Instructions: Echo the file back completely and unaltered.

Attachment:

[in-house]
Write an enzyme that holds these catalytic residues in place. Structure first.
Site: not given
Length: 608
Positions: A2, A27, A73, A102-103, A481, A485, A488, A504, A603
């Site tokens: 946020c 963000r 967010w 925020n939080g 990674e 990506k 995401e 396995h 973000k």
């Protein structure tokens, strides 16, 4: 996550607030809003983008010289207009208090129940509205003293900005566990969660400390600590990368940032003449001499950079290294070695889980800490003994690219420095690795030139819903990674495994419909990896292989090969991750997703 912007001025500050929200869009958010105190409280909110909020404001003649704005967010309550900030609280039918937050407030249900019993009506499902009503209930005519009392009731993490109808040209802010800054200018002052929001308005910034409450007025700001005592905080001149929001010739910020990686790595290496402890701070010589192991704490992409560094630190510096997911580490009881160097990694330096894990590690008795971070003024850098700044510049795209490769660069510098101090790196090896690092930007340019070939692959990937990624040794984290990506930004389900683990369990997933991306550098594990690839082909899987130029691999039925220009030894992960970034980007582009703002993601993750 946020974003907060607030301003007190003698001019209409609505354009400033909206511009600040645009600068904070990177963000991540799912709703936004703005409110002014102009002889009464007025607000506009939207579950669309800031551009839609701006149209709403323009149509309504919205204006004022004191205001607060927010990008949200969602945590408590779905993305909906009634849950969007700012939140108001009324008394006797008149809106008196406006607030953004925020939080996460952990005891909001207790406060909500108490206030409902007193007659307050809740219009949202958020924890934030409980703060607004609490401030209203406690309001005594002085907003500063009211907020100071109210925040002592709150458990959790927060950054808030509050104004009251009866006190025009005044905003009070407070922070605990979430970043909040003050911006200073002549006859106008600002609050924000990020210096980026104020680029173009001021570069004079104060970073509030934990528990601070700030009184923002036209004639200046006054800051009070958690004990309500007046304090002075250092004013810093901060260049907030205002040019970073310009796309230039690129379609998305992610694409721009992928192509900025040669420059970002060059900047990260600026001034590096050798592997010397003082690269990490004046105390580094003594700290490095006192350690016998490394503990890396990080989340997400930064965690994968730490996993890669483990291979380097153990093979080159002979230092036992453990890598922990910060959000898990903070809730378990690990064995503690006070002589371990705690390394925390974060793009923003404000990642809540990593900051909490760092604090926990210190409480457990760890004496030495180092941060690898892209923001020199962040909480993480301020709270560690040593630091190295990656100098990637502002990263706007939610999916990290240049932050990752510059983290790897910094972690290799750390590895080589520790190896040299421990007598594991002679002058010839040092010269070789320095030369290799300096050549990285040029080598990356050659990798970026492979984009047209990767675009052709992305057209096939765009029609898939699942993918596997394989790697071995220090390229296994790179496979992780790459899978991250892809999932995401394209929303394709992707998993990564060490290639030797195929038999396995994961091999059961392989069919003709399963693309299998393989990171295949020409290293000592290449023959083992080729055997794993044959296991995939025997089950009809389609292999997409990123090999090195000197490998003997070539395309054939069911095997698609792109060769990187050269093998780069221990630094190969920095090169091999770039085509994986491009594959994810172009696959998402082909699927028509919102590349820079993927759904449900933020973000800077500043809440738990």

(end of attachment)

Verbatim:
[in-house]
Write an enzyme that holds these catalytic residues in place. Structure first.
Site: not given
Length: 608
Positions: A2, A27, A73, A102-103, A481, A485, A488, A504, A603
């Site tokens: 946020c 963000r 967010w 925020n939080g 990674e 990506k 995401e 396995h 973000k």
């Protein structure tokens, strides 16, 4: 996550607030809003983008010289207009208090129940509205003293900005566990969660400390600590990368940032003449001499950079290294070695889980800490003994690219420095690795030139819903990674495994419909990896292989090969991750997703 912007001025500050929200869009958010105190409280909110909020404001003649704005967010309550900030609280039918937050407030249900019993009506499902009503209930005519009392009731993490109808040209802010800054200018002052929001308005910034409450007025700001005592905080001149929001010739910020990686790595290496402890701070010589192991704490992409560094630190510096997911580490009881160097990694330096894990590690008795971070003024850098700044510049795209490769660069510098101090790196090896690092930007340019070939692959990937990624040794984290990506930004389900683990369990997933991306550098594990690839082909899987130029691999039925220009030894992960970034980007582009703002993601993750 946020974003907060607030301003007190003698001019209409609505354009400033909206511009600040645009600068904070990177963000991540799912709703936004703005409110002014102009002889009464007025607000506009939207579950669309800031551009839609701006149209709403323009149509309504919205204006004022004191205001607060927010990008949200969602945590408590779905993305909906009634849950969007700012939140108001009324008394006797008149809106008196406006607030953004925020939080996460952990005891909001207790406060909500108490206030409902007193007659307050809740219009949202958020924890934030409980703060607004609490401030209203406690309001005594002085907003500063009211907020100071109210925040002592709150458990959790927060950054808030509050104004009251009866006190025009005044905003009070407070922070605990979430970043909040003050911006200073002549006859106008600002609050924000990020210096980026104020680029173009001021570069004079104060970073509030934990528990601070700030009184923002036209004639200046006054800051009070958690004990309500007046304090002075250092004013810093901060260049907030205002040019970073310009796309230039690129379609998305992610694409721009992928192509900025040669420059970002060059900047990260600026001034590096050798592997010397003082690269990490004046105390580094003594700290490095006192350690016998490394503990890396990080989340997400930064965690994968730490996993890669483990291979380097153990093979080159002979230092036992453990890598922990910060959000898990903070809730378990690990064995503690006070002589371990705690390394925390974060793009923003404000990642809540990593900051909490760092604090926990210190409480457990760890004496030495180092941060690898892209923001020199962040909480993480301020709270560690040593630091190295990656100098990637502002990263706007939610999916990290240049932050990752510059983290790897910094972690290799750390590895080589520790190896040299421990007598594991002679002058010839040092010269070789320095030369290799300096050549990285040029080598990356050659990798970026492979984009047209990767675009052709992305057209096939765009029609898939699942993918596997394989790697071995220090390229296994790179496979992780790459899978991250892809999932995401394209929303394709992707998993990564060490290639030797195929038999396995994961091999059961392989069919003709399963693309299998393989990171295949020409290293000592290449023959083992080729055997794993044959296991995939025997089950009809389609292999997409990123090999090195000197490998003997070539395309054939069911095997698609792109060769990187050269093998780069221990630094190969920095090169091999770039085509994986491009594959994810172009696959998402082909699927028509919102590349820079993927759904449900933020973000800077500043809440738990």